UPDATED: February 27, 2019 2:50 PM — Orange County Commissioners are once again weighing the decision to increase fees on new development in the fast-growing locality — potentially piling on top of another recent hike in impact fees for parks, fire stations and deputy gear.
Commissioners participated in their first workshop session Tuesday to discuss updating transportation fees intended to help make new development pitch in for road-related services, such as expanding roads and intersections.
A study to update the county's school impact fees is also underway, with the first set of recommendations expected in March.
According to a draft proposal obtained by GrowthSpotter, transportation consultant Tindale Oliver recommends more than doubling the cost for transportation fees in certain areas to add capacity to serve new development.
The proposal also suggests doing away with previous designated Alternative Mobility Areas, which were established to encourage infill and redevelopment in certain sectors by lowering transportation impact fees.
To replace the AMAs, the update to the study presents separate fee variation options that would expand the urban areas and create suburban and rural assessment areas.
"There has to be a rational nexus," Renzo Nastasi, Orange County's transportation planning manager, said."In other words, we can't charge somebody in east Orange County their impacts in west Orange County."
Pasco County, which created mobility fees, was the first to introduce a different rate structure based on urbanization. Other counties, such as Lake, charge higher impact fees in the southern third of the county where there's more intense development.
Orange County's transportation impact fees are reviewed at least once every five years, and was last updated in 2012 at a discounted rate.
At the time, the county staff recommended raising transportation impacts fees by 100 percent, however the board settled on adopting a 42 percent increase and later increased the fee to 56 percent in late 2014.
The most recent study also recommends a 100 percent increase across all categories of development, meaning the transportation fee for a single-family home would jump from $3,898 to potentially $11,257, depending on where the home is located.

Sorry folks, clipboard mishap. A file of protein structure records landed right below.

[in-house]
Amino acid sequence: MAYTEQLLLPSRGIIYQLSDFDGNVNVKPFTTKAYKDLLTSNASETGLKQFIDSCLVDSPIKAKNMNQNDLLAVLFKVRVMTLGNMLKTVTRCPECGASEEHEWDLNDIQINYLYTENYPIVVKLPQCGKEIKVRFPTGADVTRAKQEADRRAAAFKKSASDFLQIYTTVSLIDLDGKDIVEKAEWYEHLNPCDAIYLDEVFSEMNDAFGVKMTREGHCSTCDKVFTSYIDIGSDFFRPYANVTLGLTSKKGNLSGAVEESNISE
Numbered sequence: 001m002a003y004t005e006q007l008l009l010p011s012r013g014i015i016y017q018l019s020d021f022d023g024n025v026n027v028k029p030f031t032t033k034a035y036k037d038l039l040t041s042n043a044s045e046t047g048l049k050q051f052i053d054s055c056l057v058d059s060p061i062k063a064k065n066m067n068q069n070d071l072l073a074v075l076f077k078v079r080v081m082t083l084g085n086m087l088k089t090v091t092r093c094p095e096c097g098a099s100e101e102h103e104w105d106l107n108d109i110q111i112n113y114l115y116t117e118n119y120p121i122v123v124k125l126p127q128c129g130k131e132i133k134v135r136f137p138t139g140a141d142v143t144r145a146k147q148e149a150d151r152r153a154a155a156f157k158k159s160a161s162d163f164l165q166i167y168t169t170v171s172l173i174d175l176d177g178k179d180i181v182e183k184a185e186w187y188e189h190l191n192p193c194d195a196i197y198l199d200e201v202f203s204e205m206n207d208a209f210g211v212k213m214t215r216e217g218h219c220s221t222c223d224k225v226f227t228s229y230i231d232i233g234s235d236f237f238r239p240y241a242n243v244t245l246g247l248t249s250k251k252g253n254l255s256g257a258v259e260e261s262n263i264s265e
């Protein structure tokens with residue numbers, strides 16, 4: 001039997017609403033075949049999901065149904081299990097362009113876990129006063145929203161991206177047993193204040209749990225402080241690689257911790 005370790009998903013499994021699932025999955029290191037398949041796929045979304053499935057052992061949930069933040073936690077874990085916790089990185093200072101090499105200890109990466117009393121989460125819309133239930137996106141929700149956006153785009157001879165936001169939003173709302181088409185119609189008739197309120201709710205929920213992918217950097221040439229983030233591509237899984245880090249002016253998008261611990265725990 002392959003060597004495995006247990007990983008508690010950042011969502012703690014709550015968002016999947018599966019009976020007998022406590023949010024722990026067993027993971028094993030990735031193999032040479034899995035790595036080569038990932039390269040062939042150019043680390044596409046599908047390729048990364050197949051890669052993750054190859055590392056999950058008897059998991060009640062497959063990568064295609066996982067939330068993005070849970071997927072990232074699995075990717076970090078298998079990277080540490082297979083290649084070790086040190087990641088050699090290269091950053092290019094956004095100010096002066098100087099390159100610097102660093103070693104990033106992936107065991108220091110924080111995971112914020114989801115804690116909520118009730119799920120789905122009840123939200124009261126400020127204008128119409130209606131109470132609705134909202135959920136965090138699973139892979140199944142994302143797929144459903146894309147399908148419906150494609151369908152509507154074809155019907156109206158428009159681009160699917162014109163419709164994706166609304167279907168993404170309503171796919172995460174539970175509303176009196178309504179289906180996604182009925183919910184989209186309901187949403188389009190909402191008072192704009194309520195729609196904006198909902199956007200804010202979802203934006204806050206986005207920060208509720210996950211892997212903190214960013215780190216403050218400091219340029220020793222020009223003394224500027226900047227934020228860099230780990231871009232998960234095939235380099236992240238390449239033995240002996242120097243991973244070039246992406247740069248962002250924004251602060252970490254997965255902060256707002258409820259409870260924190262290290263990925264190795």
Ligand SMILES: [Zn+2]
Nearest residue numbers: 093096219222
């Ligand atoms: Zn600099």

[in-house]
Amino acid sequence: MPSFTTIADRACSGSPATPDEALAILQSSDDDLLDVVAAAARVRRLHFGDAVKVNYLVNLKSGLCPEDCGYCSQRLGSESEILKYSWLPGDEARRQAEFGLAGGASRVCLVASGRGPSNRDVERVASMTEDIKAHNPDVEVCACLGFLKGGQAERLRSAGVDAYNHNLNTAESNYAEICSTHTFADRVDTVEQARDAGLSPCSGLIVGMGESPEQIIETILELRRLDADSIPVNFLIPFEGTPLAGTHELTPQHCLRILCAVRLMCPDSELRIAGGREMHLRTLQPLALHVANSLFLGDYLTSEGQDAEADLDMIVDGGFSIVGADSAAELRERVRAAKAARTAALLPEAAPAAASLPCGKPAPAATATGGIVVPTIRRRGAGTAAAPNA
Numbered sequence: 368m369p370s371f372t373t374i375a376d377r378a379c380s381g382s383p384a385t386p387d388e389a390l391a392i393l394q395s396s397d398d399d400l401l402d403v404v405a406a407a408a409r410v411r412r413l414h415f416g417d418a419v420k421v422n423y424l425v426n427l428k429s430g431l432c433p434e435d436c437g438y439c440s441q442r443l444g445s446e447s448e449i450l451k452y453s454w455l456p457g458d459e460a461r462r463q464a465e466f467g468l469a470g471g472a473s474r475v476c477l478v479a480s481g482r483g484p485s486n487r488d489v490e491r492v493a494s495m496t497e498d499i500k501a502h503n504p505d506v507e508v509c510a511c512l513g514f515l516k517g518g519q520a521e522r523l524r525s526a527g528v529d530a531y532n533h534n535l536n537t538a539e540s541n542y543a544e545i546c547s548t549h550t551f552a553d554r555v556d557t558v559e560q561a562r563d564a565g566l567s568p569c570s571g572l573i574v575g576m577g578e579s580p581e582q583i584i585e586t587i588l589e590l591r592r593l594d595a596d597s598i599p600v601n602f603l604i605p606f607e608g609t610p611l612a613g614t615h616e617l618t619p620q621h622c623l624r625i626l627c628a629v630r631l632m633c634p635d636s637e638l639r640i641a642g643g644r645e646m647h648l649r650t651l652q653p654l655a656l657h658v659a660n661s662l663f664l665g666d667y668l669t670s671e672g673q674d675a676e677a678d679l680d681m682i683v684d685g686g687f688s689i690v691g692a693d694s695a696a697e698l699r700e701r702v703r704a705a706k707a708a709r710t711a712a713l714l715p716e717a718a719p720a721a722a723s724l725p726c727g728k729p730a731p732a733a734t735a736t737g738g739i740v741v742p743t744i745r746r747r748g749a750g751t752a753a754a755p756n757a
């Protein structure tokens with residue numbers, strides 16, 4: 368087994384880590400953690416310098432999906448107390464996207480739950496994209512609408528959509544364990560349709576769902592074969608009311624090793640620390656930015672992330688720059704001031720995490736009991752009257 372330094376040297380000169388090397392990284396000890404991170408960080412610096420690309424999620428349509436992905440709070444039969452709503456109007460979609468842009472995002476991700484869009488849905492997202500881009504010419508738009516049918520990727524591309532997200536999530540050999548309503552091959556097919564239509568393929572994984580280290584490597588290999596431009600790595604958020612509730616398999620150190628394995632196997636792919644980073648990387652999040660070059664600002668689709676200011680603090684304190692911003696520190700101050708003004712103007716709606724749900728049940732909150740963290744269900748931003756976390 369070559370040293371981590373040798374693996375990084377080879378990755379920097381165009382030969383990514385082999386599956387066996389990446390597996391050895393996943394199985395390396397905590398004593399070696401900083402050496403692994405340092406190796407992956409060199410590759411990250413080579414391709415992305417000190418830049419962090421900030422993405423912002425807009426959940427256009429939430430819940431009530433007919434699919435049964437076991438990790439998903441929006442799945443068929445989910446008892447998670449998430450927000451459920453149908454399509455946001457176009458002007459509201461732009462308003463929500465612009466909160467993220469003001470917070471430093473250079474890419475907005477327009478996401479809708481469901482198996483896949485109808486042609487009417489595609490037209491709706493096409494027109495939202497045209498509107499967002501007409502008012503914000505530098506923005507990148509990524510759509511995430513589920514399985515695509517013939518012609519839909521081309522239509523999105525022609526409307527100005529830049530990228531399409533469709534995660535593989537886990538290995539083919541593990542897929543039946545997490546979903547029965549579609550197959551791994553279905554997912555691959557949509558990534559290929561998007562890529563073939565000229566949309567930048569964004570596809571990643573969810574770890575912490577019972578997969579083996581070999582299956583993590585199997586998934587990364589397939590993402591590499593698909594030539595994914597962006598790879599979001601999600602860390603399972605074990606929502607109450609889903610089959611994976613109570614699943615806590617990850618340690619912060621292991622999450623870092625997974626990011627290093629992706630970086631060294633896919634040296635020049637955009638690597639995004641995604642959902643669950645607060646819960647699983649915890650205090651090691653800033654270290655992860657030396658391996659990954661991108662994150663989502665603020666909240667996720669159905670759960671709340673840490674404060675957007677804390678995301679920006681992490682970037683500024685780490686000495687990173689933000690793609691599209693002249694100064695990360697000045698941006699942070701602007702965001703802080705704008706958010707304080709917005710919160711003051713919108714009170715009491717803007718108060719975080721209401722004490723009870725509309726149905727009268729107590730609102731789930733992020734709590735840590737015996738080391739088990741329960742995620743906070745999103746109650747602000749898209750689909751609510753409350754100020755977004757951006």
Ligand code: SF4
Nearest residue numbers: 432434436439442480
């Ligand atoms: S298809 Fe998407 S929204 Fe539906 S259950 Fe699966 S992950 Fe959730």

If the board were to adopt the rate at 100 percent the transportation impact fee for a 3,000-square-foot fast food restaurant with a drive-thru in a suburban zone would jump from up to $110,427 per development to $268,059. A convenience store with gas pumps would increase from $20,411 per 1,000 square feet to up to $47,012.
The numbers in the draft ordinance are a staff recommendation, but commissioners could approve a more moderate increase.
A second work session is scheduled for March.
The Greater Orlando Builders Association recently challenged the methodology of studies used in the county's draft ordinance.
Raleigh Steinhaugher, government affairs director for GOBA, said the 2017 study referenced in the presentation proposed "a very high increase."
"New development understands the need for roadway improvement and infrastructure improvement and it certainly wants to pay their part," he said. "We just don't want to be held accountable for deficiencies in the past. New growth is not responsible for resuscitating years and years of deficiencies."
Jon Weiss, director of the Community, Environmental and Development Services Department, said the approach done by the county's consultants "look only at the cost to add capacity to serve new development," and are not looking at previous deficiencies.
He adds the study was presented to the previous board of commissioners in September and is subject to change. An update to the draft report will likely be finalized by early Fall, he said.
When taking into account a potential increase in both school and transportation impact fees Steinhaugher said the impact could hurt cities that can lose potential new development due to high fees.
He adds an increase of fees can also price out residents that live in the area.
"We don't look at impact fees in silos, when you're building a house we look at all the impact fees," he said. "It's ultimately adding costs to the (un)affordability of housing."
Last year Osceola County doubled its mobility fees across all categories and sharply increased its school impact fees. Now the county, which has the highest combined impact fees in Florida, is considering raising its parks impact fees.
Editors note: This story has been updated to include comments from an Orange County staff memeber.